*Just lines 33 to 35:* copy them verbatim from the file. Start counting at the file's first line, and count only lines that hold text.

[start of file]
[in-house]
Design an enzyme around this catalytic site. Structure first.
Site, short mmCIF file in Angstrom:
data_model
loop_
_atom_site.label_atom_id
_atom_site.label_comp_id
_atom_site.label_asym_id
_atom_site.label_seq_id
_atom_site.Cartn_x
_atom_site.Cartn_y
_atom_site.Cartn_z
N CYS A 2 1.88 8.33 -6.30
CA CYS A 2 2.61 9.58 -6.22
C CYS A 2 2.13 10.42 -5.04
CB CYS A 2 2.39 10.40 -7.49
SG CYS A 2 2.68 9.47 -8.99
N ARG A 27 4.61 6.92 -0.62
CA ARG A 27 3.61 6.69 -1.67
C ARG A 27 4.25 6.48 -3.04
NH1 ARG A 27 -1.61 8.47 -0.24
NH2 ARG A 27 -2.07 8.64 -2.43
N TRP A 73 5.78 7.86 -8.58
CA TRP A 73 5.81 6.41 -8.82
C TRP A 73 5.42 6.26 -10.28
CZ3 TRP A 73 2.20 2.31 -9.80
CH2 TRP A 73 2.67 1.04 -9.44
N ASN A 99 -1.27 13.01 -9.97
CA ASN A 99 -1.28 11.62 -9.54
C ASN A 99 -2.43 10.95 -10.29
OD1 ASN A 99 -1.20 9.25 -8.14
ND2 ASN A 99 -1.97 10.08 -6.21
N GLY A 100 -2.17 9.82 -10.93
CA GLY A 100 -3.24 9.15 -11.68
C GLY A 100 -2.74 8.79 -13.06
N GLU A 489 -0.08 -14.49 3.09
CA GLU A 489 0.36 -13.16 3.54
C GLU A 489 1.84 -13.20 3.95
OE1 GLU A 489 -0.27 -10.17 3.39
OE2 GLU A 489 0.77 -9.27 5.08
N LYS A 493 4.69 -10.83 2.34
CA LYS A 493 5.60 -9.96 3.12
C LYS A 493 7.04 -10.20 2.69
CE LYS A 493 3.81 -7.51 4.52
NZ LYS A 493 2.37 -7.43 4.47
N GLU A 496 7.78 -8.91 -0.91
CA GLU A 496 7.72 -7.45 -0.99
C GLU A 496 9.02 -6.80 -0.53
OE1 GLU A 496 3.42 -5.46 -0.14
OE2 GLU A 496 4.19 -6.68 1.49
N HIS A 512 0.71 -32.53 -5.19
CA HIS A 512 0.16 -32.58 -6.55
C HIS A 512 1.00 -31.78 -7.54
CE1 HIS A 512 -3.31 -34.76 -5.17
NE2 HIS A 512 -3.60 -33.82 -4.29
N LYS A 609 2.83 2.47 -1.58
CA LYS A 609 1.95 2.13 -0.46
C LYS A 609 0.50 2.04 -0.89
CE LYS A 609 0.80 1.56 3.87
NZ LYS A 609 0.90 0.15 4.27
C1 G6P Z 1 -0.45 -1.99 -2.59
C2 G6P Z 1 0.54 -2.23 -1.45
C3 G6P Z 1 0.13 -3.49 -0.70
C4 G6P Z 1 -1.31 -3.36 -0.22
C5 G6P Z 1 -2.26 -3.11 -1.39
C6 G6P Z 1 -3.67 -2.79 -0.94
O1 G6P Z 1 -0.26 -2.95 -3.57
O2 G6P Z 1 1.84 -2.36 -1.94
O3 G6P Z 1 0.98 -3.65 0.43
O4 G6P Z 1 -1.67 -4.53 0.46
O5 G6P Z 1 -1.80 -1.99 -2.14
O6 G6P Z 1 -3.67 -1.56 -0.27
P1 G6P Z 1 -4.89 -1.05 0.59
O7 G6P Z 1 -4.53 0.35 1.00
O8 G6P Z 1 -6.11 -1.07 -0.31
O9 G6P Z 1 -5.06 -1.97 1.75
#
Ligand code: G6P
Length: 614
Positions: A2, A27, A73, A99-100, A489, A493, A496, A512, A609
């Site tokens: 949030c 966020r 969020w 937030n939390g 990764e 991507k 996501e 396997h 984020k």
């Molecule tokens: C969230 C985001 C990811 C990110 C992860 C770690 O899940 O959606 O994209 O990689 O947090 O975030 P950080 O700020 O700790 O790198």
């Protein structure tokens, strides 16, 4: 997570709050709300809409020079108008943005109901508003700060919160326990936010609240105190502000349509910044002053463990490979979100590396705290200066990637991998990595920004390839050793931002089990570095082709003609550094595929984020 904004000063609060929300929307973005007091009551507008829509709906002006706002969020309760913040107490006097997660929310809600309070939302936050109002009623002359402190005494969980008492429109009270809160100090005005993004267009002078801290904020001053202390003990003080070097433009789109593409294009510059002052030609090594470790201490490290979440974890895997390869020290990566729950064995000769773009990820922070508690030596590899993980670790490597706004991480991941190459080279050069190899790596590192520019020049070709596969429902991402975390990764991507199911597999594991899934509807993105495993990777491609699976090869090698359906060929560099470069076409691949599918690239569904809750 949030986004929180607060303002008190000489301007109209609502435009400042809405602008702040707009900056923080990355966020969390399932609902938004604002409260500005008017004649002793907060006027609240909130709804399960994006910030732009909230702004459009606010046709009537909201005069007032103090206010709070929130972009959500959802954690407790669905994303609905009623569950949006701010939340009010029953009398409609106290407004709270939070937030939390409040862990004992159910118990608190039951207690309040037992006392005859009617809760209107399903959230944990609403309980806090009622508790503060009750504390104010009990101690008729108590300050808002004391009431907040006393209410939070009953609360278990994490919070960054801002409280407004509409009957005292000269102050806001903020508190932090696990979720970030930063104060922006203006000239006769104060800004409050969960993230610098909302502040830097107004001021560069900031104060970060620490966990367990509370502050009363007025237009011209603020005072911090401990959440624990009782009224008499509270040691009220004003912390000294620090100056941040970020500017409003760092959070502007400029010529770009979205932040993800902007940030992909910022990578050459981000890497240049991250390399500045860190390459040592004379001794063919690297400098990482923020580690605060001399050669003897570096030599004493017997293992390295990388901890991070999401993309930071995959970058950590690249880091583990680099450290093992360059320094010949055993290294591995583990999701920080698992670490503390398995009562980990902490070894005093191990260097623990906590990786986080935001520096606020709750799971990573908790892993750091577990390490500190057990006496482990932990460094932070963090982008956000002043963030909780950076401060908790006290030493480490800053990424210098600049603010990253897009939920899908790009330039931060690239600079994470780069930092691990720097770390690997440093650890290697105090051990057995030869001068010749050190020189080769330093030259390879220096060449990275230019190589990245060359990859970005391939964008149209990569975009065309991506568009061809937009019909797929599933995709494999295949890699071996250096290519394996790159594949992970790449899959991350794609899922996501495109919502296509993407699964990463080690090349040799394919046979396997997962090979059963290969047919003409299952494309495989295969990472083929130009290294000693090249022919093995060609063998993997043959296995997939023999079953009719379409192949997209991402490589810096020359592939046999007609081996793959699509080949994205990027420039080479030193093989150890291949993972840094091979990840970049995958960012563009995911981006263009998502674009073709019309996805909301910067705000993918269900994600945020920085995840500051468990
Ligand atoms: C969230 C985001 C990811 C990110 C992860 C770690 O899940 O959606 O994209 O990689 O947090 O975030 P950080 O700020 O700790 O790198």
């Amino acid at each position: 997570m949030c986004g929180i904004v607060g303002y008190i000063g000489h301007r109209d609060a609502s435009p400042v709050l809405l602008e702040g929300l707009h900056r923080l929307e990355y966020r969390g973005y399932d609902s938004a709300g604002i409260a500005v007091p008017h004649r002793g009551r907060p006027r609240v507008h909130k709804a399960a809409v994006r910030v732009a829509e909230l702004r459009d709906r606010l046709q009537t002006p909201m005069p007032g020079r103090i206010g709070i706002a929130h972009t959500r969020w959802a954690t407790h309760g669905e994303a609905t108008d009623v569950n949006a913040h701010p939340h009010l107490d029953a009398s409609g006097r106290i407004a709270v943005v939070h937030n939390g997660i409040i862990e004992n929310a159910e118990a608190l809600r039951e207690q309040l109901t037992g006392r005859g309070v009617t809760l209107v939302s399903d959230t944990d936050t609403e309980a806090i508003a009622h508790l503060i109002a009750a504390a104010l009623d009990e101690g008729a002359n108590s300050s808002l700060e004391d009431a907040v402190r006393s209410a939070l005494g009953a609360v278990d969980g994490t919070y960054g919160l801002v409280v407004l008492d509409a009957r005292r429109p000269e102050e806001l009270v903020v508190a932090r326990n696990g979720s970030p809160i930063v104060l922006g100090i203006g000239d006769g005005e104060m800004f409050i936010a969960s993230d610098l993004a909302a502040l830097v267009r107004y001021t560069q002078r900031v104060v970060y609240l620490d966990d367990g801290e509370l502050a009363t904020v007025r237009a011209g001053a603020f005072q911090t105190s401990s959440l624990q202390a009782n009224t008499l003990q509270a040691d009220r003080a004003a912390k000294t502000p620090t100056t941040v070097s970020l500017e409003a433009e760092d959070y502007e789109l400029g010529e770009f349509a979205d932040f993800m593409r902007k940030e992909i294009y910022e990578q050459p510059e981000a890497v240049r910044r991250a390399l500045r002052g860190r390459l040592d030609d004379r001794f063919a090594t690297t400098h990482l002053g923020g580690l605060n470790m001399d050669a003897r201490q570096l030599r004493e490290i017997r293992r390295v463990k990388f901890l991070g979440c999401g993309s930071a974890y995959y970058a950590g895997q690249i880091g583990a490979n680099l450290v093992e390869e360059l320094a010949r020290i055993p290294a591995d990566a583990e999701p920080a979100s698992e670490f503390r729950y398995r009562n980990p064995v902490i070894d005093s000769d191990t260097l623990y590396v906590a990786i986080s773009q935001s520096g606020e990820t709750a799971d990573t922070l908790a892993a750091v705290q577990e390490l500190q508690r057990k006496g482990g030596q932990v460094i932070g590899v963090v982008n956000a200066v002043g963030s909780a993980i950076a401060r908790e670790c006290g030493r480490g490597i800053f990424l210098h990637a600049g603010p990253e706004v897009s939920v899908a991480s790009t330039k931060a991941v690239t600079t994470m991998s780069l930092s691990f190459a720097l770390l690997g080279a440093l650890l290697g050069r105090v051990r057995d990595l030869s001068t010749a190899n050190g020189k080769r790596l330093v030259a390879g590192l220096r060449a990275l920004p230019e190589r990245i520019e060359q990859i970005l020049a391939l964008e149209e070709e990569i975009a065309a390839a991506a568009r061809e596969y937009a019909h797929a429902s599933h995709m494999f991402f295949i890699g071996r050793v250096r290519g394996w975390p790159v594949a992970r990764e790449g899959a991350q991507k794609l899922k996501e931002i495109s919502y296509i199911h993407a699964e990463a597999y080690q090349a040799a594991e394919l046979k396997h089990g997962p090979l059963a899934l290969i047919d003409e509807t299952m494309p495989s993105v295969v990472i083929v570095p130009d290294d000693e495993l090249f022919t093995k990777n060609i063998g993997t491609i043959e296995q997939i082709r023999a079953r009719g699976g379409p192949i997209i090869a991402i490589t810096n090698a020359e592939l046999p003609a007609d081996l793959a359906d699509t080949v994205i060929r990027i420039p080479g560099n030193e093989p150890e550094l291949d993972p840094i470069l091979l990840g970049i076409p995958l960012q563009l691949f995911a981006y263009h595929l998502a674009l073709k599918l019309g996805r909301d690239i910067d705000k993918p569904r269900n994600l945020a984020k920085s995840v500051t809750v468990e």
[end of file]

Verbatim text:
N GLY A 100 -2.17 9.82 -10.93
CA GLY A 100 -3.24 9.15 -11.68
C GLY A 100 -2.74 8.79 -13.06